“That’s big,” McKerracher said. “That’s by far the most aggressive we’ve seen by any of the majors."

Source: The Electric-Car Boom Is So Real Even Oil Companies Say It’s Coming – Bloomberg

The Cult of Perma – Food and Farm Discussion Lab

Editor’s Note: I stumbled across this piece by Graham some time in 2013, not long after it was published, and it set off more than one lightbulb moment for me. Up to that time I’d considered permaculture an intriguing subculture. I had thought that it might be a place to look for ideas and innovations for building out a better food system, one that is more in sync with nature, treading more lightly on the planet. What I expected was design and engineering insights to more closed loop, steady state modes of living. As you’ll find from reading Graham’s seminal essay that is not what you’ll find on balance from the permaculture movement. – MB

Source: The Cult of Perma – Food and Farm Discussion Lab

Exxon’s Opposition to Climate Fraud Probes Gets Less Sympathy From NY Judge

It will be interesting to see how this all works out…

A New York judge has signaled to lawyers for ExxonMobil that she is skeptical of their arguments to derail climate fraud investigations by the attorneys general of New York and Massachusetts. Exxon's position had won the support of a judge in Texas whose rulings were heavily weighted in its favor.

Source: Exxon's Opposition to Climate Fraud Probes Gets Less Sympathy From NY Judge | InsideClimate News

Energy is the new new internet

At heart, the enernet is the foundation for smart-city tech, including the “Internet of Things,” distributed systems, interconnected backbones and networking technologies, EV-charging services and autonomous vehicles, to name a few. These technologies will drive dramatic change and force us to rethink our cities, municipal services and sectors like transportation, insurance, real estate and financial services. From the enernet evolution will come smart cities that are an order-of-magnitude smarter, healt

Source: Energy is the new new internet | TechCrunch

Architects Show Leadership in Addressing Climate Change

Architects have a big responsibility for the role the built environment plays in climate change. At the Grassroots 2017 Conference in Washington DC, the AIA, the country’s largest professional association and accrediting body of architects, released a commentary to reaffirm and clarify its existing position on climate change, showing how the Institute is doubling down on its commitment to address carbon emissions in the built environment.

Source: Architects Show Leadership in Addressing Climate Change

eLab Accelerator Projects Sustain Hope for Clean Energy Innovation

Starting yesterday, the 2017 eLab Accelerator teams has convened at the Sundance Mountain Resort in Utah to accelerate their initiatives with the support of nationally renowned expert faculty and eLab’s specially trained facilitators. At Accelerator and beyond, projects from across the country are continuing to develop solutions for a transformed electricity system that will grow the clean energy economy and grant access to clean energy technologies for untapped parts of the population.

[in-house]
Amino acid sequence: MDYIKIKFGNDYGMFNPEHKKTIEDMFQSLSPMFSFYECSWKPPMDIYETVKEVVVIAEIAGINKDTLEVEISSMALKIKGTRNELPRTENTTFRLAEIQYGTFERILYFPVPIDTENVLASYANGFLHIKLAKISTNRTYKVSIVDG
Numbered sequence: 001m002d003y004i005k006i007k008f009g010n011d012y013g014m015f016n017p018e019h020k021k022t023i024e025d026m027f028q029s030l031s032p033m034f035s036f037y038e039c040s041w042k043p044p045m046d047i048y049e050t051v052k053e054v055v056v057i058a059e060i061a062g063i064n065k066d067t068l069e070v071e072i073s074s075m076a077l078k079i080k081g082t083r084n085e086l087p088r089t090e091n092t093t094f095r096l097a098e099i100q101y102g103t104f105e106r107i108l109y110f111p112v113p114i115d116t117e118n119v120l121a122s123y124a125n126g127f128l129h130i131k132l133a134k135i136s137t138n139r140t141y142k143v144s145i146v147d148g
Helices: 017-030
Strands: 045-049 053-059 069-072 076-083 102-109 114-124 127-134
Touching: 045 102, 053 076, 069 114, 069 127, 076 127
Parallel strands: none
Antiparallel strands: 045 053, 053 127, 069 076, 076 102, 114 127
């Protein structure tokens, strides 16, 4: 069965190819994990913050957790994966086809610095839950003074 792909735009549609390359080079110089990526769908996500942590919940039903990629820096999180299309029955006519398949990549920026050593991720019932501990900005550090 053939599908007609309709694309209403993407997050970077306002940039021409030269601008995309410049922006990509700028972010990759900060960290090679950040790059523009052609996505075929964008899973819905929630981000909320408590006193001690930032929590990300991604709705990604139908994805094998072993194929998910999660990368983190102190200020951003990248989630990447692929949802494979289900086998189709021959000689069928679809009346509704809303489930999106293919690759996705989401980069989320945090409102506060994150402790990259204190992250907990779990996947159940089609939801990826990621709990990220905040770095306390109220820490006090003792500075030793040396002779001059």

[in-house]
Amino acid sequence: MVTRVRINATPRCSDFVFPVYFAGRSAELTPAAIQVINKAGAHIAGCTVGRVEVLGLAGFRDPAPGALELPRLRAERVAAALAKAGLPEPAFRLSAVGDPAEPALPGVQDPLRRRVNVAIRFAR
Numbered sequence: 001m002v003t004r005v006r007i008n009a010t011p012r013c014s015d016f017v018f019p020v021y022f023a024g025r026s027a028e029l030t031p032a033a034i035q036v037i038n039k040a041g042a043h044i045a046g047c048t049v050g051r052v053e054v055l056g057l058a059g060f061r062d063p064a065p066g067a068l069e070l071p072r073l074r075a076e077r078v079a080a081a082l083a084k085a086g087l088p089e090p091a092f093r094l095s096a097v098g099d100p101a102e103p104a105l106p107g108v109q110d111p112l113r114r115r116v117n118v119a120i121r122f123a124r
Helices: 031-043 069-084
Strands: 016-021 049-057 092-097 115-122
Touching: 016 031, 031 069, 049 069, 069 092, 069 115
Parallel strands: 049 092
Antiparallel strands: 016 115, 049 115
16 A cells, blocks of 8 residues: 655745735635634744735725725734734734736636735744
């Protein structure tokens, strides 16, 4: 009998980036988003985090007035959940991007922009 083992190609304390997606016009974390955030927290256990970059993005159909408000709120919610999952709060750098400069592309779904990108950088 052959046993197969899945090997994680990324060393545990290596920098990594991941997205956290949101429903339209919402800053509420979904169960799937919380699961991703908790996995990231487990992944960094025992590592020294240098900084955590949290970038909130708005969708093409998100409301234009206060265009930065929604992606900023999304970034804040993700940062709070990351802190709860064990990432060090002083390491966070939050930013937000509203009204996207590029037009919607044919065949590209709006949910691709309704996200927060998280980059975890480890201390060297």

Source: eLab Accelerator Projects Sustain Hope for Clean Energy Innovation

CPS Energy pursues clean energy plans despite Trump environmental order

President Donald Trump’s executive order Tuesday rolling back much of the Obama administration’s climate change policies won’t affect CPS Energy’s plans to reduce carbon emissions.

“We at CPS Energy have been on a steady path to diversify and reduce the carbon output of our generation fleet, which is specifically important for our growing metropolitan community,” CPS’ CEO and President Paula Gold-Williams said in an emailed statement. “It’s a plan that’s been set in motion for almost a decade and one that we believe is the right thing for our customers and our community.”

“The city and CPS are already way ahead of the requirements of the Clean Power Plan in terms of carbon reduction and CPS is still committed to shutting down the Deely plant early in 2018,” said Doug Melnick, chief sustainability officer for San Antonio.

The executive order comes after Trump proposed completely defunding the Clean Power Plan in his budget plan. Regardless of the Trump administration’s plans for environmental regulations Melnick says local governments like San Antonio will continue to act in the best interest of their citizens.

“From what I have seen historically, even during the Obama administration and before, it’s really been local governments that have led the way,” he said. “I don’t think anything has changed.”

Source: CPS Energy pursues clean energy plans despite Trump environmental order – San Antonio Express-News